Author Topic: S/O Bullying in Grad School  (Read 3732 times)

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chigrrl1

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Re: S/O Bullying in Grad School
« Reply #30 on: February 14, 2013, 04:19:31 PM »
honestly, I think that kind of justiification is pretty much standard for people who condon or practice bullying behavior. This is a grad class, not a frat house.  If the best justification you can come up with is "she probably hasn't reached the level of actual heartbreak" then it is time to get out of the pranking business. 

Op has not indicated in any way that prnaking is standard practice here.  I would hope that in an academic setting that would not be the case. If people want to hang out and pull that garbage on their own friends, on their own time - it seems incredibly juvenile but it is their call.  This is not the time or place for pranking even if you think it is the highest for of entertainment.
I don't agree.  Pranking people is entirely different than bullying them.  Pranking can be a form of team-building and a way to lighten up and take a minute to laugh.  I've pranked and been pranked in both Grad School and in the workplace. Grad school is tough, if students want to blow off some steam with a prank, more power to them.  Although I don't think this particular prank was all funny, I didn't see it as anything that would devastate the girl.

As someone who had a really hard time making friends and dating in college discovering someone liked me would have made my day. Discovering later that that was all a lie and not only did someone not like but a bunch of people were laughing at me behind my back would have devastated me. Pranks are only funny if the entire group finds they are funny. It doesn't even sound like the people pulling the prank are her friends. Just a group of people who don't like her and are going to go ahead and show her that.
  Fair enough, but when you were in college, would you have fallen for a Secret Admirer note? Perhaps that's why I don't think this prank is so terrible, it's not funny, but I would be pretty suspicions of any anonymous notes, not assuming that some person was really out there secretly admiring me.  If I didn't know it was a joke straight off, I'd actually be really creeped out if I thought it was real.

wolfie

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Re: S/O Bullying in Grad School
« Reply #31 on: February 14, 2013, 04:22:16 PM »
honestly, I think that kind of justiification is pretty much standard for people who condon or practice bullying behavior. This is a grad class, not a frat house.  If the best justification you can come up with is "she probably hasn't reached the level of actual heartbreak" then it is time to get out of the pranking business. 

Op has not indicated in any way that prnaking is standard practice here.  I would hope that in an academic setting that would not be the case. If people want to hang out and pull that garbage on their own friends, on their own time - it seems incredibly juvenile but it is their call.  This is not the time or place for pranking even if you think it is the highest for of entertainment.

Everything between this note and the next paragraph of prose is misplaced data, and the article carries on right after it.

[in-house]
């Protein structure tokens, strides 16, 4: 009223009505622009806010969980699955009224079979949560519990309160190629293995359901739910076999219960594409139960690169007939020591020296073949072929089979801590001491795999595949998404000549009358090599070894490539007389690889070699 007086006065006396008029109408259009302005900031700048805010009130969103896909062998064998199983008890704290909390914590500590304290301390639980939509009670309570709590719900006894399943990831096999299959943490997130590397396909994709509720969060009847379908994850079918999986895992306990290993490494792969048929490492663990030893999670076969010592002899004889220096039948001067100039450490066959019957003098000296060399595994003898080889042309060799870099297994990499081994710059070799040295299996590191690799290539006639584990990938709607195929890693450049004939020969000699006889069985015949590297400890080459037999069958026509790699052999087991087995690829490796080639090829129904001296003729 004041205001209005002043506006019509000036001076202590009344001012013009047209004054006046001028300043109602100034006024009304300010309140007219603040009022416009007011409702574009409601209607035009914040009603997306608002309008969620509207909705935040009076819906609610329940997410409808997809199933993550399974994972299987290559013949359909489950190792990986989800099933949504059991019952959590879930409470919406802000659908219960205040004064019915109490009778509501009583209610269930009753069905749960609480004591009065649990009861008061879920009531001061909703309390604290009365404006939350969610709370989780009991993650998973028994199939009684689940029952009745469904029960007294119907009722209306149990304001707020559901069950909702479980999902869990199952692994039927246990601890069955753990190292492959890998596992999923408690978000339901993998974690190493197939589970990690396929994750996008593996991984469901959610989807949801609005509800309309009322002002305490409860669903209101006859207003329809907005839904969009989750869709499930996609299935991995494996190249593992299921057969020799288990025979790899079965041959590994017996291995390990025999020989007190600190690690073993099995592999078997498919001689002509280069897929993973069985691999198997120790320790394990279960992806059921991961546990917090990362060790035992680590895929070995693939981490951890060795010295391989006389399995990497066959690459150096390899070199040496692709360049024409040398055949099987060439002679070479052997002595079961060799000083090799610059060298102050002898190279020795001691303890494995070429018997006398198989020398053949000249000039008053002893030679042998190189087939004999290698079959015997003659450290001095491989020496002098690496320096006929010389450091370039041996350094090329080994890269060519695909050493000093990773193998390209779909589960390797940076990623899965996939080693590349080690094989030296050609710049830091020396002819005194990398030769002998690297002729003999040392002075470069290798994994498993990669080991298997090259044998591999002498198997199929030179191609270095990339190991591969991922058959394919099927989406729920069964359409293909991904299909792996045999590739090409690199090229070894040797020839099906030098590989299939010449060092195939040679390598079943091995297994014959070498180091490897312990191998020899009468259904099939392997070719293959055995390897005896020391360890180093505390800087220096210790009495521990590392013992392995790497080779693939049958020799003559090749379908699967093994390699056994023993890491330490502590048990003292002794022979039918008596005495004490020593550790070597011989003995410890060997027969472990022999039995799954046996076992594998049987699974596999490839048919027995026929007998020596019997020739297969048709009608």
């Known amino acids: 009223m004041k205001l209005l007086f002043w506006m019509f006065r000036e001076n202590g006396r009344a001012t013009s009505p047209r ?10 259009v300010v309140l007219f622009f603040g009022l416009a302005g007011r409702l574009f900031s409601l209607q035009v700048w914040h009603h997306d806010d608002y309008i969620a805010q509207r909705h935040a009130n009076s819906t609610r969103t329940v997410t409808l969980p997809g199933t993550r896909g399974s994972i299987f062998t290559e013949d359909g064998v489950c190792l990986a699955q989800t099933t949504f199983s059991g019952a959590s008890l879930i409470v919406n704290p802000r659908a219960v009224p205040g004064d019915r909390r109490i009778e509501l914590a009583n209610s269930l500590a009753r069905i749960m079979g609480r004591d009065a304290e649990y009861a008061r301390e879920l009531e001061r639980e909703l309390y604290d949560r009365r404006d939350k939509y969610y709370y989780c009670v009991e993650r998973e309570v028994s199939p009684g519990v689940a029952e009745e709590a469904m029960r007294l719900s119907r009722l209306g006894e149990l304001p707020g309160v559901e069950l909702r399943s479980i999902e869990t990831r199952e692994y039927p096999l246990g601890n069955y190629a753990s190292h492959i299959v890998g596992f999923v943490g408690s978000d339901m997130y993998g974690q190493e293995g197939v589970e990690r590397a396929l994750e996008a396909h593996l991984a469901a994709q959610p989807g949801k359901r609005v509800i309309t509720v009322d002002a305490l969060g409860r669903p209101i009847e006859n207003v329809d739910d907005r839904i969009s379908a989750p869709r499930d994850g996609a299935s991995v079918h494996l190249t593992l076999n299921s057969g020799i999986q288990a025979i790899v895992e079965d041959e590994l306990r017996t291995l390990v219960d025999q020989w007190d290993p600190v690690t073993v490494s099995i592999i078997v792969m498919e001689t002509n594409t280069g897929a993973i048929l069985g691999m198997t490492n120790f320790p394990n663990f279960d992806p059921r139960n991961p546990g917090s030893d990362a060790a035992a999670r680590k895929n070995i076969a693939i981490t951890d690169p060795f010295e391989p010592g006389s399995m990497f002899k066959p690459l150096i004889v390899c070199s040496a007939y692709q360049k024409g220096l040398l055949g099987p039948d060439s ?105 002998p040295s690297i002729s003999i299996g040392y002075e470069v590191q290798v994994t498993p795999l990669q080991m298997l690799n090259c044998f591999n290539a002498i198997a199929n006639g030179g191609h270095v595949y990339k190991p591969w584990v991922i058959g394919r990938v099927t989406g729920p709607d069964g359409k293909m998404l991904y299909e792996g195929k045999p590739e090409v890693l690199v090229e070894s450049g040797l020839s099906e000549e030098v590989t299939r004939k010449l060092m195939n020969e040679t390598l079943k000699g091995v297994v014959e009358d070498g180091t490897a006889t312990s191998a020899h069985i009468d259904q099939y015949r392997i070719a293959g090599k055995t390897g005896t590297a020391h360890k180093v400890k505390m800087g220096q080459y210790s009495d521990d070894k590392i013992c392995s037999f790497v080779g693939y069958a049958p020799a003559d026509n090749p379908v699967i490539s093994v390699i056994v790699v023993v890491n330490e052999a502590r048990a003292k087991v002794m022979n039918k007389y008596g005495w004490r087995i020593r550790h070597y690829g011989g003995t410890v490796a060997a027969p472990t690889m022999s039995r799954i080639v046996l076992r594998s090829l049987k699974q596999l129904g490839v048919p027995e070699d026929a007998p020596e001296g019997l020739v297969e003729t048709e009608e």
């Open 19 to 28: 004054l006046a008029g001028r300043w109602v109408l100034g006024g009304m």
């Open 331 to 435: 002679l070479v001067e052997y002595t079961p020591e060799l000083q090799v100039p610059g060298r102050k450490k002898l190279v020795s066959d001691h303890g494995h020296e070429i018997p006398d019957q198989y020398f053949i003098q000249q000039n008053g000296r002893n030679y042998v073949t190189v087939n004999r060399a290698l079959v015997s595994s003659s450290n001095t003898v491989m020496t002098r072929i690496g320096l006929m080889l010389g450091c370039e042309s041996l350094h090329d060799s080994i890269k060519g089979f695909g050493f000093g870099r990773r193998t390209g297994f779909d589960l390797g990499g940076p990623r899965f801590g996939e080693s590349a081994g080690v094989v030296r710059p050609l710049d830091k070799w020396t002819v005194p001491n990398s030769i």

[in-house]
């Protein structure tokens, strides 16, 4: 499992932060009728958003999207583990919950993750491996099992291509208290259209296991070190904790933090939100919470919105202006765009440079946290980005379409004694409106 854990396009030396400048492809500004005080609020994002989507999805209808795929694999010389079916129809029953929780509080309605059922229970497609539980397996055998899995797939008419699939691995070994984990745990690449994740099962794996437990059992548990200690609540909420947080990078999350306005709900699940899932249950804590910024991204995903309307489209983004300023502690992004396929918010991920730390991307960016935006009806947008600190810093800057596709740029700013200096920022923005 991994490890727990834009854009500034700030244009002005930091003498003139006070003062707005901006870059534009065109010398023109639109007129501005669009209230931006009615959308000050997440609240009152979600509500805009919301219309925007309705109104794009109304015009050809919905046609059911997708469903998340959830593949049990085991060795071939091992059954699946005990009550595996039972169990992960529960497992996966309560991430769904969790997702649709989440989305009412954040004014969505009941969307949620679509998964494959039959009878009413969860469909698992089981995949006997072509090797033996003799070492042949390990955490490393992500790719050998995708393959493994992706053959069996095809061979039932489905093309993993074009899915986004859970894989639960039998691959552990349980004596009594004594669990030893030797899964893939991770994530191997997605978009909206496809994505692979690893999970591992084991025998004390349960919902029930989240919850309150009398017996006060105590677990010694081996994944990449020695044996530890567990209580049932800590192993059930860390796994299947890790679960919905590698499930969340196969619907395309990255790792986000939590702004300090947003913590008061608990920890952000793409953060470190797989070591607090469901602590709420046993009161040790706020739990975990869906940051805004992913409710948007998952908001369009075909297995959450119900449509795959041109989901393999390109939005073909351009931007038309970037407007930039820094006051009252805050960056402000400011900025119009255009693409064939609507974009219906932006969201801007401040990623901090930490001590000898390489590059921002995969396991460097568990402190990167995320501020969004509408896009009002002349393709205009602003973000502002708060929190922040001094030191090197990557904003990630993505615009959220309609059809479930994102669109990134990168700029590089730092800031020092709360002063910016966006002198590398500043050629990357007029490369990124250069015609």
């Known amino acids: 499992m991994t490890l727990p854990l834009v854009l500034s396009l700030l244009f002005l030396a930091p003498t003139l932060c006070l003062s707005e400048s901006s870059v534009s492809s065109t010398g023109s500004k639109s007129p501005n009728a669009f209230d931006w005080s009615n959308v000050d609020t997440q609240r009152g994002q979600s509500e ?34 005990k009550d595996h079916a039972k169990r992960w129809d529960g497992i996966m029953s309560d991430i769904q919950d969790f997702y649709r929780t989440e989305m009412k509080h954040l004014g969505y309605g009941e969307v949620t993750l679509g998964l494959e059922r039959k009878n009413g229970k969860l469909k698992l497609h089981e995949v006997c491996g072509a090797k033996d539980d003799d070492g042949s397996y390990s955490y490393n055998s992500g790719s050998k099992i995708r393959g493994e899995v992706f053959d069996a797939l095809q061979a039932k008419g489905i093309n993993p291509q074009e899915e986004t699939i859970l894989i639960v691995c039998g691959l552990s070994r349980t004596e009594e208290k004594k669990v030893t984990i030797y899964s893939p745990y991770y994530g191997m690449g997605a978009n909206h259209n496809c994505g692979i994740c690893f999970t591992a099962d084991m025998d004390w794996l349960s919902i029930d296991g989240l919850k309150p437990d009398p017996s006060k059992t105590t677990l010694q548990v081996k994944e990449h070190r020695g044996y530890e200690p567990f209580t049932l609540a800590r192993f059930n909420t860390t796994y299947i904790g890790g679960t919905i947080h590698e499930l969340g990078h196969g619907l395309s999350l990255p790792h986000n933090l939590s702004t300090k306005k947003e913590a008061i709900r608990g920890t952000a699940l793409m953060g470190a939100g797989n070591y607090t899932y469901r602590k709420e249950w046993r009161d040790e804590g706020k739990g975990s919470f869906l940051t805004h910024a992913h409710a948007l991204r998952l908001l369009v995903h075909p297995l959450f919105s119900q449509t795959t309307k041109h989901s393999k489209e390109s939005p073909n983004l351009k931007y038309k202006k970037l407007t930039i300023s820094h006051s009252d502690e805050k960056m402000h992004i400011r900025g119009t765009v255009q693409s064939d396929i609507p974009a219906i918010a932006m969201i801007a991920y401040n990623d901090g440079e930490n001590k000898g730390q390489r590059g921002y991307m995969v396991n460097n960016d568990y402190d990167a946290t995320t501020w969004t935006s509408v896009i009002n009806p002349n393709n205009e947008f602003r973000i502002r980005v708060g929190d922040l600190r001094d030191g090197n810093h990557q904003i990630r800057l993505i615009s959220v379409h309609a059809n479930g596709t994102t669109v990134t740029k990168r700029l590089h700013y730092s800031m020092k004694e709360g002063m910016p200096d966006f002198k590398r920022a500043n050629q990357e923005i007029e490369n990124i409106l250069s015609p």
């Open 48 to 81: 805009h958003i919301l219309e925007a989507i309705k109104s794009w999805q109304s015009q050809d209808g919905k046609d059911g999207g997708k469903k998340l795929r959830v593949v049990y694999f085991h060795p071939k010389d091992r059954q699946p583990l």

I don't agree.  Pranking people is entirely different than bullying them.  Pranking can be a form of team-building and a way to lighten up and take a minute to laugh.  I've pranked and been pranked in both Grad School and in the workplace. Grad school is tough, if students want to blow off some steam with a prank, more power to them.  Although I don't think this particular prank was all funny, I didn't see it as anything that would devastate the girl.

As someone who had a really hard time making friends and dating in college discovering someone liked me would have made my day. Discovering later that that was all a lie and not only did someone not like but a bunch of people were laughing at me behind my back would have devastated me. Pranks are only funny if the entire group finds they are funny. It doesn't even sound like the people pulling the prank are her friends. Just a group of people who don't like her and are going to go ahead and show her that.
  Fair enough, but when you were in college, would you have fallen for a Secret Admirer note? Perhaps that's why I don't think this prank is so terrible, it's not funny, but I would be pretty suspicions of any anonymous notes, not assuming that some person was really out there secretly admiring me.  If I didn't know it was a joke straight off, I'd actually be really creeped out if I thought it was real.

Probably - yes I would have fallen for the Secret Admirer note. 

Eeep!

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Re: S/O Bullying in Grad School
« Reply #32 on: February 14, 2013, 04:24:48 PM »
honestly, I think that kind of justiification is pretty much standard for people who condon or practice bullying behavior. This is a grad class, not a frat house.  If the best justification you can come up with is "she probably hasn't reached the level of actual heartbreak" then it is time to get out of the pranking business. 

Op has not indicated in any way that prnaking is standard practice here.  I would hope that in an academic setting that would not be the case. If people want to hang out and pull that garbage on their own friends, on their own time - it seems incredibly juvenile but it is their call.  This is not the time or place for pranking even if you think it is the highest for of entertainment.
I don't agree.  Pranking people is entirely different than bullying them.  Pranking can be a form of team-building and a way to lighten up and take a minute to laugh.  I've pranked and been pranked in both Grad School and in the workplace. Grad school is tough, if students want to blow off some steam with a prank, more power to them.  Although I don't think this particular prank was all funny, I didn't see it as anything that would devastate the girl.